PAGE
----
Theses Master's

Participatory Planning: Gaining a Voice in the Digital Divide

Sakamoto, Kazuki

Technology is advancing at an astonishing rate and the tools to collect and analyze large amounts of data are now becoming readily available. Urban planners have begun to utilize these tools including online surveys for example. The relative newness of such tools begs for best practices for these new methods. These tools have also changed the frame around the conversation of inclusion and democratic planning in this modern era. Two planning methodologies from prominent documents are compared and contrasted in this research study. The Second Regional Plan by the Regional Plan Association in 1967 and the PlaNYC 2030’s policy recommendations by the New York City
Mayor’s Office Long-term Planning and Sustainability (OLTPS) in 2010 are the case studies selected. Lastly, the public has been given more access than previously offered by supporting institutions such as the New York Public Library System in New York City and the support has proven to be an effective outlet for bridging the digital divide. Libraries are important places where residents can gain access to the global information society, learn, seek entertainment, and connect with others using the Internet. Urban planning can greatly benefit from understanding Internet usage to give all residents an equal voice in the planning process to meet the goals of true democracy.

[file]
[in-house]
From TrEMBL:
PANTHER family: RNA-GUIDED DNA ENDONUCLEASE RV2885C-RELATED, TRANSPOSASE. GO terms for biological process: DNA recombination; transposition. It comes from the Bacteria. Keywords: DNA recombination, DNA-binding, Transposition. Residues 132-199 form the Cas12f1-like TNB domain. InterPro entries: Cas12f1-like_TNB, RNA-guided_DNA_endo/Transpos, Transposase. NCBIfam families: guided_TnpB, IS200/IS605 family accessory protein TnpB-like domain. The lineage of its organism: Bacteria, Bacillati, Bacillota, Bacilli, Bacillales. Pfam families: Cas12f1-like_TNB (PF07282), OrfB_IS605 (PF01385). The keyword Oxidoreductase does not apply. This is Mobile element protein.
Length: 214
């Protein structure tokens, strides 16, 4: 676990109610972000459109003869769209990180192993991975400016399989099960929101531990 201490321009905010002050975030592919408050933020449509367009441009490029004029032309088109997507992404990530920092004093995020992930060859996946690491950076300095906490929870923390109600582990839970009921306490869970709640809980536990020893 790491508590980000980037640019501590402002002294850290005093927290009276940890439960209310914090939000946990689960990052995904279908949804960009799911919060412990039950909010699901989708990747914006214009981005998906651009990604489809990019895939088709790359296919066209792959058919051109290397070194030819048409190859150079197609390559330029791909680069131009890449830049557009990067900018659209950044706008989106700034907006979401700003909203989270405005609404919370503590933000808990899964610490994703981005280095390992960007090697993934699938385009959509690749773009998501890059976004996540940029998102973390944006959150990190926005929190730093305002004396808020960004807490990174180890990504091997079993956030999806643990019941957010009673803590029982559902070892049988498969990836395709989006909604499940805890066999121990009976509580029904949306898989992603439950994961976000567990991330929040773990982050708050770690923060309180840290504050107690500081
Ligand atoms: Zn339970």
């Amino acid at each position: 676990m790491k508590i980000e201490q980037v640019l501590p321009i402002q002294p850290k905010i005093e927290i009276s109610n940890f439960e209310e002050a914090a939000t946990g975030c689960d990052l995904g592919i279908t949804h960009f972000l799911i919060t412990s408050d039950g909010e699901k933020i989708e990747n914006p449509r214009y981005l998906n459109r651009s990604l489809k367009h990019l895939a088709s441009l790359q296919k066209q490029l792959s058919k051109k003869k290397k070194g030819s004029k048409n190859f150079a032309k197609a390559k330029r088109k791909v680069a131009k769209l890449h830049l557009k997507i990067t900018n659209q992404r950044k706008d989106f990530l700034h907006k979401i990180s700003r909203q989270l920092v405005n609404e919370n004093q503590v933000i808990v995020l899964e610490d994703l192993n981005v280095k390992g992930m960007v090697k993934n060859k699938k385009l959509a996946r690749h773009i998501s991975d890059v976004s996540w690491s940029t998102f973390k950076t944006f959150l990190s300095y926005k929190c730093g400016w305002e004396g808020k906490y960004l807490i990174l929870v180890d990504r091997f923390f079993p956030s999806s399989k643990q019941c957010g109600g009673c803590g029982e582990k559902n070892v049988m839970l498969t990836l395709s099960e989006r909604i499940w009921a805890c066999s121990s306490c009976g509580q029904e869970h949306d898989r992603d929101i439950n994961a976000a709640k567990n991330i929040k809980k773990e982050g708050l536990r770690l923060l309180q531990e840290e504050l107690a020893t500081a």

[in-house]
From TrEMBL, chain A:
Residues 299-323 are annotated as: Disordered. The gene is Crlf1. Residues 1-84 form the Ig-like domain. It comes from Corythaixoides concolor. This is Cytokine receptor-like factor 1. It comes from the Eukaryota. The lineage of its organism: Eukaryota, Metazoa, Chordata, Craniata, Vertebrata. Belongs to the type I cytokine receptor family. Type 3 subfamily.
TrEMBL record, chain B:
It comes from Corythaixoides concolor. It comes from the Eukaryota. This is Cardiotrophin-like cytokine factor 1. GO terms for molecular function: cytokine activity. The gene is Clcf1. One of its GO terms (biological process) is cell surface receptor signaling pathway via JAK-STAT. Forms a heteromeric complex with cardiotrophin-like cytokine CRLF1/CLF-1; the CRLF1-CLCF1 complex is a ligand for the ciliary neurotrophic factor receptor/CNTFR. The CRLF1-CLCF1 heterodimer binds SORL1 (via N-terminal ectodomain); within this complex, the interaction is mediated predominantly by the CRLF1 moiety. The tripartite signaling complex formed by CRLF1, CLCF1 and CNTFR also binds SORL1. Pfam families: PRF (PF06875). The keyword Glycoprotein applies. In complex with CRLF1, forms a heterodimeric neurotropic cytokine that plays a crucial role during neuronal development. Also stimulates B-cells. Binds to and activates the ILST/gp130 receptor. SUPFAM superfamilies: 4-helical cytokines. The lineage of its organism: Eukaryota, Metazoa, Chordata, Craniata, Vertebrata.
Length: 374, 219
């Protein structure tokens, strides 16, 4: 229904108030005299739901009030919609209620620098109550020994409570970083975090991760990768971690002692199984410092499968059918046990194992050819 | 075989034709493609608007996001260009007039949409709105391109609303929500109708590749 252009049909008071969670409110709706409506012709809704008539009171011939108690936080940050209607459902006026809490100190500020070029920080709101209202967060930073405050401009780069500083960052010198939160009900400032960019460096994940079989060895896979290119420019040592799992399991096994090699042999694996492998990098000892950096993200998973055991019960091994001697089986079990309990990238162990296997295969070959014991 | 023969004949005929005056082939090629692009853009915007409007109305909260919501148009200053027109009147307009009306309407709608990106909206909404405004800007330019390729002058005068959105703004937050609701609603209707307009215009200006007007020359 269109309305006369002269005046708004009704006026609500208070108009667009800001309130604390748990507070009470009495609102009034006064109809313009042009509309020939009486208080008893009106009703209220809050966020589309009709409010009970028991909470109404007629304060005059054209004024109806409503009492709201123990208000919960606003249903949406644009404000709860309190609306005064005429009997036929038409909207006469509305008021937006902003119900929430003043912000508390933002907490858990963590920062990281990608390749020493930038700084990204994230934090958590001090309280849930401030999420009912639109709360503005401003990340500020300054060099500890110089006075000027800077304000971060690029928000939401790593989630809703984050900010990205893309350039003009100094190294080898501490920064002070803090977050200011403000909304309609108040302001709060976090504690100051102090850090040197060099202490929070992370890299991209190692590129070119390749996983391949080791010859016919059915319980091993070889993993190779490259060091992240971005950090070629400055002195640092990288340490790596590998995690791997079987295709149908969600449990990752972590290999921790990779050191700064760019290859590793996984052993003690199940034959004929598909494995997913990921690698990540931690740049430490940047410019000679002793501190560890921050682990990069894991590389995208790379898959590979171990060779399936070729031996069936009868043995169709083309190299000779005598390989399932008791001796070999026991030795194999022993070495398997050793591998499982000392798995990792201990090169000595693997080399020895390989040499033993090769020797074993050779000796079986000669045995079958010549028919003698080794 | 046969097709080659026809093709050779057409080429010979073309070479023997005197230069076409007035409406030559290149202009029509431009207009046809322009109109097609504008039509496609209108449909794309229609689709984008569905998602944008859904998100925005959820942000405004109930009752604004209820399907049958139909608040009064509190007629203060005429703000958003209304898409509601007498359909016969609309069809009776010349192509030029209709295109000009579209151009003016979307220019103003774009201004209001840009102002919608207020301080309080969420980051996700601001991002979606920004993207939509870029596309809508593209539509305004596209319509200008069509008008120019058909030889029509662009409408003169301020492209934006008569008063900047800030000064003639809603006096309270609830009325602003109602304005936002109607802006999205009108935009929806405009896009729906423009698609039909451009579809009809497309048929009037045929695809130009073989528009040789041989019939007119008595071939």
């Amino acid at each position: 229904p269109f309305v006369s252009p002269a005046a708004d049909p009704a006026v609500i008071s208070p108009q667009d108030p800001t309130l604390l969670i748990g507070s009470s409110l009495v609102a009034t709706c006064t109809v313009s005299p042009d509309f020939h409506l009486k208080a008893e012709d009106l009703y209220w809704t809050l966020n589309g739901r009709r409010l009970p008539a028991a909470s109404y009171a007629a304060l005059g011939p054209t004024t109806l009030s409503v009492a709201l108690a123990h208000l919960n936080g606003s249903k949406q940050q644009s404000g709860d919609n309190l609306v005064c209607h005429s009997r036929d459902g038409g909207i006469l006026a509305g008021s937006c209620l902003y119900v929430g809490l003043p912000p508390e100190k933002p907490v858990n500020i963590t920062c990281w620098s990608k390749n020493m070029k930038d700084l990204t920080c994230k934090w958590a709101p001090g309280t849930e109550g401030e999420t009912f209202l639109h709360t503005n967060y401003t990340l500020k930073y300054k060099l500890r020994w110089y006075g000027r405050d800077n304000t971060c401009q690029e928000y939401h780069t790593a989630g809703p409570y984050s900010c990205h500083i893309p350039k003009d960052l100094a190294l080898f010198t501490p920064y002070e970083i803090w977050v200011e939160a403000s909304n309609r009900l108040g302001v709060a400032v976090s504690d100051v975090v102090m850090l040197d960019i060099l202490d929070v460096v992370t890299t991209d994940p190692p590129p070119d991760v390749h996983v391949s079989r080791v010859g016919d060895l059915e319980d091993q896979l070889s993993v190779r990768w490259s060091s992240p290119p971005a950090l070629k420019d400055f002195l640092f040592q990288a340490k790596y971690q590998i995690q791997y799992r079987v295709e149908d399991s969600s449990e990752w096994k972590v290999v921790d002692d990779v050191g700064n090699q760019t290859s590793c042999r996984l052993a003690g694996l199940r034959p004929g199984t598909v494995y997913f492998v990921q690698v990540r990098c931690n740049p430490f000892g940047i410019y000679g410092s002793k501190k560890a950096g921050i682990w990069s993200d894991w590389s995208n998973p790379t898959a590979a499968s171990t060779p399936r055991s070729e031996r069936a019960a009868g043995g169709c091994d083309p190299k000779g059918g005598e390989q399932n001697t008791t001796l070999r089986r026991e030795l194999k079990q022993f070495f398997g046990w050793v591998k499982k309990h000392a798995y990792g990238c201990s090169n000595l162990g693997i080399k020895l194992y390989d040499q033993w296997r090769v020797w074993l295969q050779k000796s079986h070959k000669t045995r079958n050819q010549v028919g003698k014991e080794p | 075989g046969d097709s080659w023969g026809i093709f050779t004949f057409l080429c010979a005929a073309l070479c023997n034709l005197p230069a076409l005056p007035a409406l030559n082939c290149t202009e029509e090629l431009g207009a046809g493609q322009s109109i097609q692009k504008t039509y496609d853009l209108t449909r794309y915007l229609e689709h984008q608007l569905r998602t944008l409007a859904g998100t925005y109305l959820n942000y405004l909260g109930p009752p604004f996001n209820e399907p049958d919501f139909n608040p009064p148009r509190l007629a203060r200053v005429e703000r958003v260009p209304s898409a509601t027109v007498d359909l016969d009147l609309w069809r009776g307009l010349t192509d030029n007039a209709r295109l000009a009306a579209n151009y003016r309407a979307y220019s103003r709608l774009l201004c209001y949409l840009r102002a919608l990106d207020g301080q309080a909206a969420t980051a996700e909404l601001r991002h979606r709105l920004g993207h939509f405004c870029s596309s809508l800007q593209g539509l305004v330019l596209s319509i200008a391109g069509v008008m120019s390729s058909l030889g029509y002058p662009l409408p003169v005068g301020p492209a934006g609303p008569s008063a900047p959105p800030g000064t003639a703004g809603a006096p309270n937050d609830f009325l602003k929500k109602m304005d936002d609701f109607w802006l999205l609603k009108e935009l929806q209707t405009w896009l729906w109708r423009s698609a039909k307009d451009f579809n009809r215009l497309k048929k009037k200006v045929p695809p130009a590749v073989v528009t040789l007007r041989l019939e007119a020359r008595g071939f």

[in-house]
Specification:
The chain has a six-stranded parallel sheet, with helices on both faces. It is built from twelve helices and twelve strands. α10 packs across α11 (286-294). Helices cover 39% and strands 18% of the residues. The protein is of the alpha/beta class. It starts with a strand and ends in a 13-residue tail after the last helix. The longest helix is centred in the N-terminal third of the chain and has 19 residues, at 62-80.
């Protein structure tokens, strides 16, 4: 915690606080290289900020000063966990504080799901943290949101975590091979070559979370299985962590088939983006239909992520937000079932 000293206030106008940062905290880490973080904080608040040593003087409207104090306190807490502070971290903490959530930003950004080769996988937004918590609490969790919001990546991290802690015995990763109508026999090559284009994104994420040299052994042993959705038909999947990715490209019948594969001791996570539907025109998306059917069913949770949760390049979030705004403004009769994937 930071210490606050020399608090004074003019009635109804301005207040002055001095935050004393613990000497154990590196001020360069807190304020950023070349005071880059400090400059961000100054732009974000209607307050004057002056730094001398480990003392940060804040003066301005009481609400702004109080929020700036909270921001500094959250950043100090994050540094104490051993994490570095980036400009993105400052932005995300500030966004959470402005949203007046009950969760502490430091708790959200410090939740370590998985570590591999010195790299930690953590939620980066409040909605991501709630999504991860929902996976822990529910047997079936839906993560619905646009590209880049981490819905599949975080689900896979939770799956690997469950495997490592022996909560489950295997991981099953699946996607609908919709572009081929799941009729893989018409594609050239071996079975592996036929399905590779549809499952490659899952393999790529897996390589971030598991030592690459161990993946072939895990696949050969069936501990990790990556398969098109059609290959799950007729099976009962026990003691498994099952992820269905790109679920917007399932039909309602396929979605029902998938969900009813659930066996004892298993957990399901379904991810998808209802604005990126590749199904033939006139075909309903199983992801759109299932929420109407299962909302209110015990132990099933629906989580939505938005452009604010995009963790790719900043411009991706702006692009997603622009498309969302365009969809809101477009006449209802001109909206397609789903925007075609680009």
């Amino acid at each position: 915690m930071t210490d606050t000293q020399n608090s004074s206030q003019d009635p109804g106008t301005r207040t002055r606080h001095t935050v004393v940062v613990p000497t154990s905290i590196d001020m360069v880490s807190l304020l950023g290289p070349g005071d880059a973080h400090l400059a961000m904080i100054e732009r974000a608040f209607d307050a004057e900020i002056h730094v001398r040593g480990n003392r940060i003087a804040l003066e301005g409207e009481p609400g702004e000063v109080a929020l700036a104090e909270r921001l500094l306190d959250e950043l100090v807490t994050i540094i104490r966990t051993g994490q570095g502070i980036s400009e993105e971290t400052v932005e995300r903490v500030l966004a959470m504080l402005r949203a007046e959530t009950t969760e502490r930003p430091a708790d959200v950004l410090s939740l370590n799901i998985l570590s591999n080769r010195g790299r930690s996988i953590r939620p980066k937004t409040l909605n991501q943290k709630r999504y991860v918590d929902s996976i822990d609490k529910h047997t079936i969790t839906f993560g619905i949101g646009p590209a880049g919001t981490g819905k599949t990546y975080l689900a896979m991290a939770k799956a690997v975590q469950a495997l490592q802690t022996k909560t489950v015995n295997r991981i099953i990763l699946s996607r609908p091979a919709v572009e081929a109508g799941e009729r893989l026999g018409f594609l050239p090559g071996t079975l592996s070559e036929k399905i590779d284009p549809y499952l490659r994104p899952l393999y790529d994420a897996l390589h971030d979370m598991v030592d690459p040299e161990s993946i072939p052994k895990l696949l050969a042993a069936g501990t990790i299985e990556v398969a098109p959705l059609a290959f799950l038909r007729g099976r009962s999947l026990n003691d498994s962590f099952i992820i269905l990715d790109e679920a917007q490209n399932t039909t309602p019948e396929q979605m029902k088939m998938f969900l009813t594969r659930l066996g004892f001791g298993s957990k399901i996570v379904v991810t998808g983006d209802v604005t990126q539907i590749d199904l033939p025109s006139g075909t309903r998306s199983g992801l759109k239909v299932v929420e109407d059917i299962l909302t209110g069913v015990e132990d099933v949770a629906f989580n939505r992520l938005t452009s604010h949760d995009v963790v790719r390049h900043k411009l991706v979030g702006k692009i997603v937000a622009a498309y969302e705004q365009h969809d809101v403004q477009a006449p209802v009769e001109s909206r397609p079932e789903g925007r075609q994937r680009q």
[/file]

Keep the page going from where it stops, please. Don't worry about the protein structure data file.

Geographic Areas


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More About This Work

Academic Units
Urban Planning
Thesis Advisors
King, David Andrew
M.S., Columbia University
Published Here
June 12, 2013